Tuesday, November 3, 2015

The Grandma Scam

["Let Inga Tell You," La Jolla Light, published November 5, 2015] ©2015 

The voice on the other end of the phone couldn’t have been more enthusiastic.  “Hi grandma!” said a late teen-early 20-ish voice.

It definitely wasn’t one of my grandsons, the oldest of whom is seven.
“I’m sorry,” I said politely. “But I think you have the wrong number.” I was about to hang up when he said,

“I knew you wouldn’t recognize my voice.  I’m sick. In fact that’s why I’m calling.”  He coughs for effect.
And in a flash I knew: grandma scam! While it would have been tempting to just hang up, this suddenly seemed a lot more interesting than paying the property tax bill on-line which I’d been doing at the time. 

“So which grandson are you?” I say, deciding to play along. 
“Geesh, grandma, you don’t know?”

“Timmy?” I say.
“Yes, Timmy,” he replies. “Here’s the problem. I went to Mexico for the weekend with some friends and got really sick. And now they won’t let me out of the hospital if I don’t pay the bill in cash. Mom and Dad didn’t know I was going and they would just kill me.  (Pause.) You’ve always been my favorite grandma.”

Woo-hoo! This script was right out of the AARP Senior Scam Playbook. Now I was intrigued.
“So how much do you need?” I said.

“$2,000,” says my fake grandson Timmy. “I know it’s a lot of money but I promise I’ll pay you back.”  Another pause, and a voice of contrition. “I’ve learned my lesson.” 
“Are you sure they won’t take your medical insurance?” I inquire.

Timmy starts to sound a tad annoyed. “I already asked. Cash or nothing.”  He decides to up the ante. “My friends are leaving this afternoon to drive back so if I can’t get out, they’ll leave me behind.”  Upping the ante some more: “I’ve heard they put people in jail who can’t pay their bills down here.”  Escalating to Defcon3:  “I’m really scared.”
“Don’t worry, sweetie, “I say in best faux-caring grandma voice. “Just tell me how I get the money to you”

If one could hear a happy dance across optical fiber, this would have been it. “Can you wire it to me via Western Union?” he gushes, that rasp in his voice temporarily gone.  “Just go to WesternUnion.com. It’s really easy.  Have you got something to write with?” (Pause.)  “You really are the best grandma ever.”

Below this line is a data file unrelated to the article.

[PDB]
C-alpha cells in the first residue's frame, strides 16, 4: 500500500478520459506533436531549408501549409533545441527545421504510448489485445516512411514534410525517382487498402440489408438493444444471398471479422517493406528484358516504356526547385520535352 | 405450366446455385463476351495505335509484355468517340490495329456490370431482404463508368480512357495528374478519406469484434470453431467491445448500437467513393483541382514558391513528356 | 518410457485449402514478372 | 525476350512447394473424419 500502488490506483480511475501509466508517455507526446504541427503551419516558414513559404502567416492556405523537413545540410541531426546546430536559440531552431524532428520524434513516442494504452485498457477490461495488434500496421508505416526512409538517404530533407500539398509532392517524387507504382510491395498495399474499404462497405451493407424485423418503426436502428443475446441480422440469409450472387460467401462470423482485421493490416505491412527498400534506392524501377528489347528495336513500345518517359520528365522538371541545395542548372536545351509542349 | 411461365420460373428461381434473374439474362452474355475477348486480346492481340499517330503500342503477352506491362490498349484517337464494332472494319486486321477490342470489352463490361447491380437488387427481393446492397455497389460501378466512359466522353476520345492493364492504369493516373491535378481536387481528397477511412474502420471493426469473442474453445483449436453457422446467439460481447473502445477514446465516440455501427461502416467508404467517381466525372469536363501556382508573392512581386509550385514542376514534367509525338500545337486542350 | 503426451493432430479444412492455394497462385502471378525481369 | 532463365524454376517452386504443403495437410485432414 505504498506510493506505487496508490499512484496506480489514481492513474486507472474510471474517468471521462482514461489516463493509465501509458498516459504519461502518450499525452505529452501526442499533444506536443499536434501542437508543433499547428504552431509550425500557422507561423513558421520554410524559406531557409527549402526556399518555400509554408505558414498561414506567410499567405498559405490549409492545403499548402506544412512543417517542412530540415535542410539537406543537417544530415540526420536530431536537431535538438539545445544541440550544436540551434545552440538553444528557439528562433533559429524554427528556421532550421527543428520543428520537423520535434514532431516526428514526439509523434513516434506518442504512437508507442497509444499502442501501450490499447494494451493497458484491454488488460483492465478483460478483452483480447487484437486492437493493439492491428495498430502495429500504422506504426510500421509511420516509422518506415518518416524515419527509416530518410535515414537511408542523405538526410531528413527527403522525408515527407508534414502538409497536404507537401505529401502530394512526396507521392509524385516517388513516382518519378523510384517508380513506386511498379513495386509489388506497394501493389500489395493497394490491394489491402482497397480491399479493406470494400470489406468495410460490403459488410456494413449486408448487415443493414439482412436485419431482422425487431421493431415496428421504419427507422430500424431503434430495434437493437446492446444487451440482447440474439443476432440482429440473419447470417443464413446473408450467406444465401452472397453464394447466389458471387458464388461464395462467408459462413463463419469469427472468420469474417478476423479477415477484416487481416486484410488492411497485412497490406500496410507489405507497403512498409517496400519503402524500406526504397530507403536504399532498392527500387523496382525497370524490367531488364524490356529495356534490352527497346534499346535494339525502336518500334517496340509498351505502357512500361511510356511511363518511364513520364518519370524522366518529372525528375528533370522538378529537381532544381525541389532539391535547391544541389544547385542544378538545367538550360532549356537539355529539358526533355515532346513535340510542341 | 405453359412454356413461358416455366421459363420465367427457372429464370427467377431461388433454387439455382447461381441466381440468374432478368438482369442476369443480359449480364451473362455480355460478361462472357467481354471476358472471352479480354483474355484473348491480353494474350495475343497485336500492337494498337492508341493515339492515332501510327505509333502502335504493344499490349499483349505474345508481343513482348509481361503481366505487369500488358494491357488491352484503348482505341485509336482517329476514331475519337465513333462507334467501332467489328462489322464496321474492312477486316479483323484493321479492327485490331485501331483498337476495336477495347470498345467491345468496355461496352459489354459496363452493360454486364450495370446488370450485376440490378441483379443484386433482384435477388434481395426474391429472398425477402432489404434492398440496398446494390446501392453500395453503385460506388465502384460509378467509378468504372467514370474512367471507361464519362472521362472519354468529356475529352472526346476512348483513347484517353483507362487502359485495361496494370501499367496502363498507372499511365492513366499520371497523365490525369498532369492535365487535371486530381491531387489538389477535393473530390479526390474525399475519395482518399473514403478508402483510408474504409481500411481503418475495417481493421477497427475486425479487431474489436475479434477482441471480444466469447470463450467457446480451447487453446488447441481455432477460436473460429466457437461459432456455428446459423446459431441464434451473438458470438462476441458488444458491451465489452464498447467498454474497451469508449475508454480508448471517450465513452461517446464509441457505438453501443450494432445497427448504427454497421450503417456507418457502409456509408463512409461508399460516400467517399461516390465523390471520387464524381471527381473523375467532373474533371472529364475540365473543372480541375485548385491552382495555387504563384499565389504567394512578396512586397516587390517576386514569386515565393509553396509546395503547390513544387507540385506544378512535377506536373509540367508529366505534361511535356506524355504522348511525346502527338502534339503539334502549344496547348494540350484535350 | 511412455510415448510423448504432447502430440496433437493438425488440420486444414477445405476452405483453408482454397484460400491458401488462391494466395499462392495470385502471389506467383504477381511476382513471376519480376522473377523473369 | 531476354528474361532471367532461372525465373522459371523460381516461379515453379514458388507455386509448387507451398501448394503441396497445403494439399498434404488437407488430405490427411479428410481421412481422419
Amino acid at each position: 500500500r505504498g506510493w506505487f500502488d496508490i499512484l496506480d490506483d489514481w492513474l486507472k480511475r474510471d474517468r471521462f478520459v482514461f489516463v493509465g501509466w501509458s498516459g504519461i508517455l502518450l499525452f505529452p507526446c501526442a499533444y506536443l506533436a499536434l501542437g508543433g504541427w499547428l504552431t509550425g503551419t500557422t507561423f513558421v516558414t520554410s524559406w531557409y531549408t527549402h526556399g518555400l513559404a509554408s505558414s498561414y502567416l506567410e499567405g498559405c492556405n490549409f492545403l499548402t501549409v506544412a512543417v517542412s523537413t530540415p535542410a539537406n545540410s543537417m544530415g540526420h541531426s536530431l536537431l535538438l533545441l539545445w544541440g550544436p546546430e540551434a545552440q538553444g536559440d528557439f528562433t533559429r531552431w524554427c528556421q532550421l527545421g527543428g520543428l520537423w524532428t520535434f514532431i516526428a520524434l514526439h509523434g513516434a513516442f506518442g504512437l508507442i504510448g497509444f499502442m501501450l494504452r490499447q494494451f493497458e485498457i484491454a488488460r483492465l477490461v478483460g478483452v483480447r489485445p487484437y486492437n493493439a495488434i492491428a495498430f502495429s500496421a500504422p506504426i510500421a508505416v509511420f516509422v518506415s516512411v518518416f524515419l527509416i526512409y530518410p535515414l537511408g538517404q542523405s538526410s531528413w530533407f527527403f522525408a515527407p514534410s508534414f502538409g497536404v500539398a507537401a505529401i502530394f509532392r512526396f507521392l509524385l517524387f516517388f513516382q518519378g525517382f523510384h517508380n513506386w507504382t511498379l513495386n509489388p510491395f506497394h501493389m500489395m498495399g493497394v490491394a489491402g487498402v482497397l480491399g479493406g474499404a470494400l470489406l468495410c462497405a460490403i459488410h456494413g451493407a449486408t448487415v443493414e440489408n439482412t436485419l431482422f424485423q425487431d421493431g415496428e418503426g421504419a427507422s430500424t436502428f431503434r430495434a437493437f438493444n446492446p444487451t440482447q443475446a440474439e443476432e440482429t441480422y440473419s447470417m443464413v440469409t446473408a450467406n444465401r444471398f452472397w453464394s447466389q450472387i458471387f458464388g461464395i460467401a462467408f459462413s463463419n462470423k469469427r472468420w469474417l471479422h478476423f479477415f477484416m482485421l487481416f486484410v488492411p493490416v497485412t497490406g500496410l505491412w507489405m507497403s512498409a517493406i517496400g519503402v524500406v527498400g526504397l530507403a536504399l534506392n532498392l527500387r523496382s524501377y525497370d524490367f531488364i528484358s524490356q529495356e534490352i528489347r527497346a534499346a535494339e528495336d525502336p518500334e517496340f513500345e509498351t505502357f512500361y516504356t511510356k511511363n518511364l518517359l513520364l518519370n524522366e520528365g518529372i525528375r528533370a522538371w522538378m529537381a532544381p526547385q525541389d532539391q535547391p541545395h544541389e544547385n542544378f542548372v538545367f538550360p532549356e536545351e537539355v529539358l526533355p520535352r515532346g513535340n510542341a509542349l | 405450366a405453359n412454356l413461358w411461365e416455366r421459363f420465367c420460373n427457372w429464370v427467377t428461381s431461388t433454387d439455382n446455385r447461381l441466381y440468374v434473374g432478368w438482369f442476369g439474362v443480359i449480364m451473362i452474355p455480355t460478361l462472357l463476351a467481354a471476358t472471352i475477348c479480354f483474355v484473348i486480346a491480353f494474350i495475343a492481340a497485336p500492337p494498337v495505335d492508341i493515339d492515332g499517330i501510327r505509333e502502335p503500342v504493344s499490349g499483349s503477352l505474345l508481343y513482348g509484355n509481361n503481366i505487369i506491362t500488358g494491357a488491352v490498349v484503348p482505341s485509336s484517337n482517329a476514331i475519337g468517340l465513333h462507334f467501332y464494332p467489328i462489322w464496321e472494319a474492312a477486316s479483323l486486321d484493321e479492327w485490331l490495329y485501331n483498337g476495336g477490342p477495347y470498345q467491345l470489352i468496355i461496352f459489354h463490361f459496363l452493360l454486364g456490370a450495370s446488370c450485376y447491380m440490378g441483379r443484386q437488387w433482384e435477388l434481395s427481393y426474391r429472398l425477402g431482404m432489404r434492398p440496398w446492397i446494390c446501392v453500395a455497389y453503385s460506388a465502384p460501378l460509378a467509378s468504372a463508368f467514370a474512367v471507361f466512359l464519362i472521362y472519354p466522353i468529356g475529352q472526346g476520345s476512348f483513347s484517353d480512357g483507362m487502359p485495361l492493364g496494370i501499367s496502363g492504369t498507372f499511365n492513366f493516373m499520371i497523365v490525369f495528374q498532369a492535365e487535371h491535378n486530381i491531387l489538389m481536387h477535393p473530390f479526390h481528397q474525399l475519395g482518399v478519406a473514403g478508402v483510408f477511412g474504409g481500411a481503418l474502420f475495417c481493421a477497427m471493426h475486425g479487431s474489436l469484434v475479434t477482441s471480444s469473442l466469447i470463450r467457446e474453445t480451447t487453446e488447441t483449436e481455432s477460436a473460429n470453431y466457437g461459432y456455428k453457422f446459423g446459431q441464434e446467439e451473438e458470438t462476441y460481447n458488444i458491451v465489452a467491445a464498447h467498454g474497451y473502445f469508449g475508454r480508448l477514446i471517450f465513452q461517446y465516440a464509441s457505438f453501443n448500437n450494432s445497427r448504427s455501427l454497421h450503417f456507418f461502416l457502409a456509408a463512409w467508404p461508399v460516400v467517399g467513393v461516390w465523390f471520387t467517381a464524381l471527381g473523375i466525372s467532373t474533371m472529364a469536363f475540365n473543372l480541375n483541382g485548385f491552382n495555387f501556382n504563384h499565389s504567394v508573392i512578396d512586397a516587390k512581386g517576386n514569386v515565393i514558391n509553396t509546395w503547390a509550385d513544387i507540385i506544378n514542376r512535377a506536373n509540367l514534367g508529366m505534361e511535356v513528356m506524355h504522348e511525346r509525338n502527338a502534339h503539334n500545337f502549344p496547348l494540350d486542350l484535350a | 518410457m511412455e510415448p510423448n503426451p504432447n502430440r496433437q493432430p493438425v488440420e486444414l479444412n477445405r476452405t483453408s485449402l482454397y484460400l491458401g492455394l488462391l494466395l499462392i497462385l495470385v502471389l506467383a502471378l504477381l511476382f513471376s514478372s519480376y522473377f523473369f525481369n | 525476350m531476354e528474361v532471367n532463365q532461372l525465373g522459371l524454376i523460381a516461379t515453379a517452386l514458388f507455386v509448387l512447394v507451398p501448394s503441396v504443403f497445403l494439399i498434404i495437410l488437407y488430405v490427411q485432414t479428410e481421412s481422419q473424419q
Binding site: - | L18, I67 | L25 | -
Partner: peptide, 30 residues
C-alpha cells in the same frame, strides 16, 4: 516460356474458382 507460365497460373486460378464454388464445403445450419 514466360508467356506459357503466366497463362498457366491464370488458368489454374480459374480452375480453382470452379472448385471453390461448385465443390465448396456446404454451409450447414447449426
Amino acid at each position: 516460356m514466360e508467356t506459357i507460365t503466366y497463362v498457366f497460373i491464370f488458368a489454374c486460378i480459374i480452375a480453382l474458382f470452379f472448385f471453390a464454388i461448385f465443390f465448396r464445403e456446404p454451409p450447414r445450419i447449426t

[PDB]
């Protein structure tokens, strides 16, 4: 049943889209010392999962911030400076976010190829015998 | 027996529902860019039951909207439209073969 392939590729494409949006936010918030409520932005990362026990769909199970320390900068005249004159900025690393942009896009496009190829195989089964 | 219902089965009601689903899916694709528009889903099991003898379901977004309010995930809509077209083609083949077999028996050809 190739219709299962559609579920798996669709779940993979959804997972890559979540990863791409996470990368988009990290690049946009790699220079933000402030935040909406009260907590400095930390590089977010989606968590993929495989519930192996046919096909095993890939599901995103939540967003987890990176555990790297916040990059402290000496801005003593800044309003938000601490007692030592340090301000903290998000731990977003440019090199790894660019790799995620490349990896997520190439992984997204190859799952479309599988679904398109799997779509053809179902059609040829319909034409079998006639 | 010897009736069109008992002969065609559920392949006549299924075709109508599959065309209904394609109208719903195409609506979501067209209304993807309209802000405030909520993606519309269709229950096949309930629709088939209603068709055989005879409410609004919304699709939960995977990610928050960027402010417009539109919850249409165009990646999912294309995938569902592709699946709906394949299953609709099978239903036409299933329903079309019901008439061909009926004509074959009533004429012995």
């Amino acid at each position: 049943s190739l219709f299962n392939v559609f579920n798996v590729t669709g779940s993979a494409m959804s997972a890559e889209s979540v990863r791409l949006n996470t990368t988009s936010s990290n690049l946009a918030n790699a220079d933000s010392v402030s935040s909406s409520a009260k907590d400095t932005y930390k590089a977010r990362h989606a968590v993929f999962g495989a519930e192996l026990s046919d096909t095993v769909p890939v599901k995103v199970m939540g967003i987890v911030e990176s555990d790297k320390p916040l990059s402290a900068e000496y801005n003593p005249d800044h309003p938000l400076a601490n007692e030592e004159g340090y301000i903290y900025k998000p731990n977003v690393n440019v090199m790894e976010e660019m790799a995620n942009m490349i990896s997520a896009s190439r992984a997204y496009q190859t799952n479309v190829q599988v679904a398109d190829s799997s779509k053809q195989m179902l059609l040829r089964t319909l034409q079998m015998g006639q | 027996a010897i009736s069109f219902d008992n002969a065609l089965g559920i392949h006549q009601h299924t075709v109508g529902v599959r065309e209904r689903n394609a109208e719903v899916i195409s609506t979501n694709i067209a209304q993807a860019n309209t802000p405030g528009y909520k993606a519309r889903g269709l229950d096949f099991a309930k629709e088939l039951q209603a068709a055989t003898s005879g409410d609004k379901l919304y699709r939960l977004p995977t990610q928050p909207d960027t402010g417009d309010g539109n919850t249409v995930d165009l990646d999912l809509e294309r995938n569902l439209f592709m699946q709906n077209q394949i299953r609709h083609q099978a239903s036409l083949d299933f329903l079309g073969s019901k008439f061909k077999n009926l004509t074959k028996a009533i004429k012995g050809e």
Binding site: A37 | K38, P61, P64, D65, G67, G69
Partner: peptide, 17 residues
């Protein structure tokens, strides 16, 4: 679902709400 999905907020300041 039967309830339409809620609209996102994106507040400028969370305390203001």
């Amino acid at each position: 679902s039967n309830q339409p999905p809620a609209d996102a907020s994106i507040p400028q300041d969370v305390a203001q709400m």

Oops! The property tax line is about to time me out. Don’t want to have to start all over again.  As much fun as this has been, it’s time to wrap up TimmyGate.

“You know, Timmy,” I say, “You’ve never been my favorite grandson. In fact, I’ve never really liked you at all.”  And I hung up.
Burning questions consumed me for the rest of the day after this phone call.  The first being: how does anyone actually fall for this scam?  There were dozens of specific questions I could have asked him that would have exposed him as a fake. I’ve read that the truly artful grandma scammers have done a little research, sometimes found out the names of the actual grandchildren, maybe even their birthdays, or their parents’ names. Maybe the family pet.

But this little dweeb hadn’t even bothered and was hoping to deflect questions with aspersions on grandma’s love for him. Get HER to come up with the right grandchild name. I have to say that as a grandma scammer, he wasn’t very good. My one shot at grandma scamdom and I get an amateur.
On-line research on the subject later in the day suggested that the reason the grandma scam works is that grandparents are desperate to hear from their deadbeat grandkids, regardless of the excuse.  Saying “I love you” is the closer.

That people still fall for the much-publicized Nigerian scam is even more baffling. Have they been living under a rock? (Or have the brains of one?) A wealthy Nigerian prince/businessman sends total strangers an email (I’ve received dozens) and wants to give them ten million all for the minor inconvenience of letting the prince/businessman use your U.S. bank account to transfer some of his funds out of his war torn country.
But my other burning question about “Timmy” was: how did he get my number?  Is AARP selling us out?  Is there a list of grandmas you can buy on the internet at grammy-scam.com? Or do they just cold call until they get a woman who sounds old?  (I DO NOT SOUND OLD.) 

I would have loved to have asked him before I hung up, “So Timmy, I’ll actually wire you $50 if you tell me how you got my number.”  But he would never have told me. And I would never have sent the $50 anyway.


  1. I also always wonder why people could fall for these scams, even when they have acquired some of your personal information, it's always good to verify with related family about the call before sending anything to them. Beside that, there are so many warnings that I can find about grandma scams since years ago, at sites like http://whycall.me and another similar sites. People should have been aware of that.

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